I remember as if it were yesterday the day
I arrived for the fi rst time in Alonnisos, coming
from Skopelos on a little excursion caïque.
It was in the 1980s, and I’d been really impressed
by the peerless natural beauty and
the air of profound peacefulness the landscape
The heights of its hills gazed from a poetic
distance over the Aegean, and the little islets
all around glittered like precious stones in the
scattered sunlight. Everything had the charm
of the unknown; of the fi rst contact with the
composer of a harmonic, melodic symphony.
The island’s harbour, built on the primordial
rocks scattered within the arms of a little
bay, was refl ected in the purest waters and
embraced the visitor, hospitably and optimistically
winking at him.
The place felt familiar, as if it had been
with me for ages, especially when I walked
through the picturesque deserted Chora1. Really
it seemed uninhabited, and it probably
was in some ways, as I found out later. The
impression was of an old photograph, diff used
with the colours of desertion, and with a background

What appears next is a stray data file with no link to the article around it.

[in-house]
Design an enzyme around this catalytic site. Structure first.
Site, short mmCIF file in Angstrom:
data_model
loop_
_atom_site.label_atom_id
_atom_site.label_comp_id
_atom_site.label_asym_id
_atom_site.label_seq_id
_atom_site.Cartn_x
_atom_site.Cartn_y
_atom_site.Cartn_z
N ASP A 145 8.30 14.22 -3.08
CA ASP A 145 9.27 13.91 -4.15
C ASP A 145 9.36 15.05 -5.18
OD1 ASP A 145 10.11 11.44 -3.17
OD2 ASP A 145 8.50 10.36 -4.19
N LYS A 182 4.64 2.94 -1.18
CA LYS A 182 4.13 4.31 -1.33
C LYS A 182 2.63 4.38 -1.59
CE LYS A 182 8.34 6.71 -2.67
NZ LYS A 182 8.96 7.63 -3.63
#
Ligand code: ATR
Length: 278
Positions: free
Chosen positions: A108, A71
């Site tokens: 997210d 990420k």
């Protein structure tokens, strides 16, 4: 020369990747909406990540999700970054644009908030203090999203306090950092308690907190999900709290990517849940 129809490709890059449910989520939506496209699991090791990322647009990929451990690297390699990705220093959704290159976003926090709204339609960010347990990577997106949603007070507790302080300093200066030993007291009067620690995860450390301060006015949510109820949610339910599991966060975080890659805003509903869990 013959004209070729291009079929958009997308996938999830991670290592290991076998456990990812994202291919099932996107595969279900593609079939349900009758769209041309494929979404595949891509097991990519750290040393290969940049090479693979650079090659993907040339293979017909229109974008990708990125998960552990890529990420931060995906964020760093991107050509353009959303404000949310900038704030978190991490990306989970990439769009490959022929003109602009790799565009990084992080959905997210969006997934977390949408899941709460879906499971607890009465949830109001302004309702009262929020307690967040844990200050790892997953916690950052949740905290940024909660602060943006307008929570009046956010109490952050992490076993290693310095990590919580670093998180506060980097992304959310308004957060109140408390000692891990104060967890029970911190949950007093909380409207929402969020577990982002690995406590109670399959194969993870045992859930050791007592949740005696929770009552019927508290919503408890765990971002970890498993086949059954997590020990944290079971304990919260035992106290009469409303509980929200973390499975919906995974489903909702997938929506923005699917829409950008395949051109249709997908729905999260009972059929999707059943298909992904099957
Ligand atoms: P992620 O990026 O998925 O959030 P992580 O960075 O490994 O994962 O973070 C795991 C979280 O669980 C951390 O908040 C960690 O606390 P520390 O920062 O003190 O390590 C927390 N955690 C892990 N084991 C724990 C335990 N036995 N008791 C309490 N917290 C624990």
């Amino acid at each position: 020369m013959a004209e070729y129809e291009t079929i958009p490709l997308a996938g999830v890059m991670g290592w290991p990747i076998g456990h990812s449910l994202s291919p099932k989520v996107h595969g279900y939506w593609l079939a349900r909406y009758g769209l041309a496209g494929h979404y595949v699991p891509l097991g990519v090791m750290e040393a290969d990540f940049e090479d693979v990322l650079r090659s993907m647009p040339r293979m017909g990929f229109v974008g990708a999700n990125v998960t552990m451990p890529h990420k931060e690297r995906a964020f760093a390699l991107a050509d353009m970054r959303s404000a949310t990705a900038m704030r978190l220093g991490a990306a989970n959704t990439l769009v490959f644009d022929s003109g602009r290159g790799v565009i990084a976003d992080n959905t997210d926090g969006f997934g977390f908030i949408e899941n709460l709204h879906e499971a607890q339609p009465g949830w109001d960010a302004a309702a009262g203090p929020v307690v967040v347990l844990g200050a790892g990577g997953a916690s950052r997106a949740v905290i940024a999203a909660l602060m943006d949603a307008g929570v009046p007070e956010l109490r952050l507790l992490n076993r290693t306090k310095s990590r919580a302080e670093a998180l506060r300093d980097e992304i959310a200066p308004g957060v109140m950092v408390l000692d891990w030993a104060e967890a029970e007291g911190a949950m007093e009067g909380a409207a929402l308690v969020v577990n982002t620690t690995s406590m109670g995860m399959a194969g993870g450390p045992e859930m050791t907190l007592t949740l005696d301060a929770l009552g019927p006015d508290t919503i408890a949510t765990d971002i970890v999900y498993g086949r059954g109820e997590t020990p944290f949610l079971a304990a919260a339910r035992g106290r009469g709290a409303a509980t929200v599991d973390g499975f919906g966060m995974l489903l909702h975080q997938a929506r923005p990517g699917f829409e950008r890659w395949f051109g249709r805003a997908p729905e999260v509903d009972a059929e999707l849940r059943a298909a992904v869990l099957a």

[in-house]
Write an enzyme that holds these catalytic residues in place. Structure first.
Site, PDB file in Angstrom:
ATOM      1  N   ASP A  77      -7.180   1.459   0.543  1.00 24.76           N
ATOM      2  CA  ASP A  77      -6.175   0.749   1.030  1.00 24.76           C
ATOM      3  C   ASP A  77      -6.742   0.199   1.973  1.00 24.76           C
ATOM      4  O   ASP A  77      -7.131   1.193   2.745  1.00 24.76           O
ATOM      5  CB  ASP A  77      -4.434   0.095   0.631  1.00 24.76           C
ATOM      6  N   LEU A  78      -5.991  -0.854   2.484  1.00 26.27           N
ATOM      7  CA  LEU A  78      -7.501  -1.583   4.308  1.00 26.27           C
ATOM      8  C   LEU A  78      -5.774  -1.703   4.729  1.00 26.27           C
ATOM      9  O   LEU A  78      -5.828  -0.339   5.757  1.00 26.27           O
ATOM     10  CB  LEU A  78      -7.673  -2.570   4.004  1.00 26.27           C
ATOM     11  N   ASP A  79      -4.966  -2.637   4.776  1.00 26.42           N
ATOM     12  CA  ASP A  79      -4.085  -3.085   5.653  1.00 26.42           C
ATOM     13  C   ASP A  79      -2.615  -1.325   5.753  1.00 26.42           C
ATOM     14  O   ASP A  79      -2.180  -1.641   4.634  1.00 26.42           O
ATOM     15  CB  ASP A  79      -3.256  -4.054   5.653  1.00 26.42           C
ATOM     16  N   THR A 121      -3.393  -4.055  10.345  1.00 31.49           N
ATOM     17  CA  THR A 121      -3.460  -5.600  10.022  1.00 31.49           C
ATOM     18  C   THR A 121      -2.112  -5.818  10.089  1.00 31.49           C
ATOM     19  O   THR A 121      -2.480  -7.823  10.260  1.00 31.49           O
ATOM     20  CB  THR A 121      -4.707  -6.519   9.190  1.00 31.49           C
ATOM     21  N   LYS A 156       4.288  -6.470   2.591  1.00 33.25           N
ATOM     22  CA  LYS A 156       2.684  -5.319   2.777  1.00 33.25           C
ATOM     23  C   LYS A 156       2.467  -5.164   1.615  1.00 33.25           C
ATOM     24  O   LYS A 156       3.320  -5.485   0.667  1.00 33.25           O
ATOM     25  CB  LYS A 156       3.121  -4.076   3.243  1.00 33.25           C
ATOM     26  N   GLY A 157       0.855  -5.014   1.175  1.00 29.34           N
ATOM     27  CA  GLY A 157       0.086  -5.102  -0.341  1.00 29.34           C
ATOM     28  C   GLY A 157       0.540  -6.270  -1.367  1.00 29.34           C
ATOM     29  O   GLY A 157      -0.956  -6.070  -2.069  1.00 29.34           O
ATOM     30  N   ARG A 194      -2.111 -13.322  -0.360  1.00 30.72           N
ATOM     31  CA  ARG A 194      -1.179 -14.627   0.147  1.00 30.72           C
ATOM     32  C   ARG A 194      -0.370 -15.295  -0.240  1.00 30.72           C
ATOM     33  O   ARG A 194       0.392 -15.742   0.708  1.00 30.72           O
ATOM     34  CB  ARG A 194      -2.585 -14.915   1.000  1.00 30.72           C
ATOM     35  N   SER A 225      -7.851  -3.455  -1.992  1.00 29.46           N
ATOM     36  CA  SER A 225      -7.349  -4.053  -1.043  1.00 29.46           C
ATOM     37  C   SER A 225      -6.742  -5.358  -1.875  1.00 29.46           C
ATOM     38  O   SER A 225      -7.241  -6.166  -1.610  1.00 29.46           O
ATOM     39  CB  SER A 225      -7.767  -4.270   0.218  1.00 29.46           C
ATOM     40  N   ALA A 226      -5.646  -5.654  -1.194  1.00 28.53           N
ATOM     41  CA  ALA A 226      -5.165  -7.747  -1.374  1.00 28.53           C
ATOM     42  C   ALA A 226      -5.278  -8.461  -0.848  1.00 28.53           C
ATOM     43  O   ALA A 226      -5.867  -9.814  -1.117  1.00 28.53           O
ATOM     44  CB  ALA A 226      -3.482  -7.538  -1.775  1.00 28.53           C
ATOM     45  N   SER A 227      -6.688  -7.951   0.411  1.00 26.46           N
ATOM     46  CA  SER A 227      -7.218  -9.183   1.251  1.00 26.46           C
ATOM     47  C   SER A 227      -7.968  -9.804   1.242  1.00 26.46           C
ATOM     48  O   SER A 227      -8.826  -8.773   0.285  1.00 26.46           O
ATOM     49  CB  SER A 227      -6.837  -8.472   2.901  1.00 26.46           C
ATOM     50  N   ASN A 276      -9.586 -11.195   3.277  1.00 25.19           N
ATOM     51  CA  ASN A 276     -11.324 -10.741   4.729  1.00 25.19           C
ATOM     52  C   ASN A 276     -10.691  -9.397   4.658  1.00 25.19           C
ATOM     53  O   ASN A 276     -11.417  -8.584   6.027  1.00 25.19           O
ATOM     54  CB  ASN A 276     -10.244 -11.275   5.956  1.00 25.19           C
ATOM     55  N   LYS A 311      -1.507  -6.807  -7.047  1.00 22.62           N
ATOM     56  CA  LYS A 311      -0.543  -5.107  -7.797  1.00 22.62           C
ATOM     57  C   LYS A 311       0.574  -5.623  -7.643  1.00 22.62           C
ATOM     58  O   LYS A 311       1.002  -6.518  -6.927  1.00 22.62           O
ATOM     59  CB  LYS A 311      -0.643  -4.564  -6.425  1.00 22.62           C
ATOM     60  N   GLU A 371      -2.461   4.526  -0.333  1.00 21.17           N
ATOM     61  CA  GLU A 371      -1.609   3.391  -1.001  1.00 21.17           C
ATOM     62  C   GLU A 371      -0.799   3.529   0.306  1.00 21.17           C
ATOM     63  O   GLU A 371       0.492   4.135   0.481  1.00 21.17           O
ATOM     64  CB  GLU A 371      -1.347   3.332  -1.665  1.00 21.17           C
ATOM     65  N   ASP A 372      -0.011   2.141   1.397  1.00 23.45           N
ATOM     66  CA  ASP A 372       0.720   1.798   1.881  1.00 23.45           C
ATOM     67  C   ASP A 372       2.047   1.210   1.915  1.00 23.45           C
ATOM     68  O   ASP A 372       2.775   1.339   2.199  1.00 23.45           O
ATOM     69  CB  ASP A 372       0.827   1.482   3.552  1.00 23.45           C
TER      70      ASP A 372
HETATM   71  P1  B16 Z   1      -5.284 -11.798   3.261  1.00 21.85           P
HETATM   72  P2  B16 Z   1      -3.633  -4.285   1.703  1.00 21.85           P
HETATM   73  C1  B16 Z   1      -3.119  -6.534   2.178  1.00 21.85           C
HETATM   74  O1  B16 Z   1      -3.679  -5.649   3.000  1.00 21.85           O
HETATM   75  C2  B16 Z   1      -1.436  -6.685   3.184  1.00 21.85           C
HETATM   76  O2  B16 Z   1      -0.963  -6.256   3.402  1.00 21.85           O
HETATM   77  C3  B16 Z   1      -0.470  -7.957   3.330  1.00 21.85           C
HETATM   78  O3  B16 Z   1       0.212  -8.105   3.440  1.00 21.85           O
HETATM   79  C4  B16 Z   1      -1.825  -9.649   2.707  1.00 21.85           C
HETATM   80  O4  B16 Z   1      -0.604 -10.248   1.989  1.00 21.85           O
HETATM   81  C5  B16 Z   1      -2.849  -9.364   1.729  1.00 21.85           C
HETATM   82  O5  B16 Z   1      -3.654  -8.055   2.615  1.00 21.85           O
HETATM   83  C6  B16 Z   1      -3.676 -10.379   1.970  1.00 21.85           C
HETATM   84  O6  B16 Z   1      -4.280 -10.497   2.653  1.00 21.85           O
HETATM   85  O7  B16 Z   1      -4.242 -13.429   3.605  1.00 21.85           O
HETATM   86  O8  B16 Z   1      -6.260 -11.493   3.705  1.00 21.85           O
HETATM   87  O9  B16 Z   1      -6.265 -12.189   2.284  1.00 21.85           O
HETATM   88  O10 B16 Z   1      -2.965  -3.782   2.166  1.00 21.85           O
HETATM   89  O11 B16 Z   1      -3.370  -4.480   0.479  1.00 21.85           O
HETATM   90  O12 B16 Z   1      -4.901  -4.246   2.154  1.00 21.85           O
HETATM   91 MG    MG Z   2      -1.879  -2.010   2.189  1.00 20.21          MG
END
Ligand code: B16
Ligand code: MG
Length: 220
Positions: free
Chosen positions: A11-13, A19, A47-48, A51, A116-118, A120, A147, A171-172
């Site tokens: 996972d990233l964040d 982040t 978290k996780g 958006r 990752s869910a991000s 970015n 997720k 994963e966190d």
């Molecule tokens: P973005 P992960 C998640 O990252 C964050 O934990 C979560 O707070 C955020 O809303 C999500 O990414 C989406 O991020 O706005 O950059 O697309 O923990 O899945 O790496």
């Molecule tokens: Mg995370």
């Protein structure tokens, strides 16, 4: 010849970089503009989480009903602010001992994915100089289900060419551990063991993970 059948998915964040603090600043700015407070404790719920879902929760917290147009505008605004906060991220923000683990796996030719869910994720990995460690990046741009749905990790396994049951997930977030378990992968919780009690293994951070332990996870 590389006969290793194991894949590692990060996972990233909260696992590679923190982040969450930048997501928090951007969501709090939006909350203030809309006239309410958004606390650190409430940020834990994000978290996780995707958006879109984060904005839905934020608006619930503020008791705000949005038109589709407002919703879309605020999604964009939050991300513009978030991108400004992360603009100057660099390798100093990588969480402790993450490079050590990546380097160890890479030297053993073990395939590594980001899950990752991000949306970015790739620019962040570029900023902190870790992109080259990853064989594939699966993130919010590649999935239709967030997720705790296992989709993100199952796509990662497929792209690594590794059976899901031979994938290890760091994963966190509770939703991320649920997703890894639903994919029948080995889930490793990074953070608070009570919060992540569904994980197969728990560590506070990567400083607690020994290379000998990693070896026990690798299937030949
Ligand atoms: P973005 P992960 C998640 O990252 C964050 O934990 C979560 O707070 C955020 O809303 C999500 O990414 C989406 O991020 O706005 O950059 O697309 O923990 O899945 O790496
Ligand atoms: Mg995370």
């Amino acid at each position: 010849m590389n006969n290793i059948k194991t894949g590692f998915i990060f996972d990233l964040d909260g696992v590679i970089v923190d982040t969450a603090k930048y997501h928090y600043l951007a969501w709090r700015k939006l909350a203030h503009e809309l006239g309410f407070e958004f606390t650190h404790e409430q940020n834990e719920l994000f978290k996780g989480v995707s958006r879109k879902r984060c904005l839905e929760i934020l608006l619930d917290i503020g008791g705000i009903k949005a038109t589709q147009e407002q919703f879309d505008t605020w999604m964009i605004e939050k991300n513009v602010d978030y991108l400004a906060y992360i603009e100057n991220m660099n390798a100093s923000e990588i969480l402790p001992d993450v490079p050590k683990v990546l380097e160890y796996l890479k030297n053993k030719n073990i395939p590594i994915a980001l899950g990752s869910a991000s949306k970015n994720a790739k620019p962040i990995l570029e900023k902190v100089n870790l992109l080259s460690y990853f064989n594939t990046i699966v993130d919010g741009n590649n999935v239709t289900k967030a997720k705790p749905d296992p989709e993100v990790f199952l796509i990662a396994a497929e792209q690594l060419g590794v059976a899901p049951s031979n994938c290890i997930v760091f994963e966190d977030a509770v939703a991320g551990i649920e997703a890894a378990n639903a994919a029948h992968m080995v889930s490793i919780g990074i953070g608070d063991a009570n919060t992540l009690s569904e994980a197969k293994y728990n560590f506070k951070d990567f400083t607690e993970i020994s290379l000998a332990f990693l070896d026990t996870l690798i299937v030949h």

of the old ways of life, suddenly leﬅ
off … in the middle.
Imbued architecturally with aged stone
memories, it breathes the magic of a forgotten
fairy-tale; island tradition has it that witches
walk the cobbled streets. The legends, and the
old stories, give a nostalgic touch to every corner
of this traditional emotion.
But Alonnisos literally possessed me chiefl y
through the walks which a real traveller can
take. Ways that lead to beautiful beaches or
some unexpected landscape, fragrant with sea
air and aromatic plants.
A treasure, far removed from all material
vanities, which are at once rendered worthless
by the infi nity of the ocean that meets our
gaze. A real, meaningful journey that strips us
of the weariness of pointless vanities.
Picturesque little houses are set in the deep
green landscape, gazing at the distant archipelago,
while our footsteps lead us into their
Seek out, then, within your own internal
depths the endless beauties of the island; not
just for aesthetic pleasure, but also for local
tastes, like an intoxicating blend, leﬅ for many
years like a fi ne old wine in the best-kept cellar…
That year I understood what Dostoevsky
meant when he said… «Beauty will save
Translated by Simon Darragh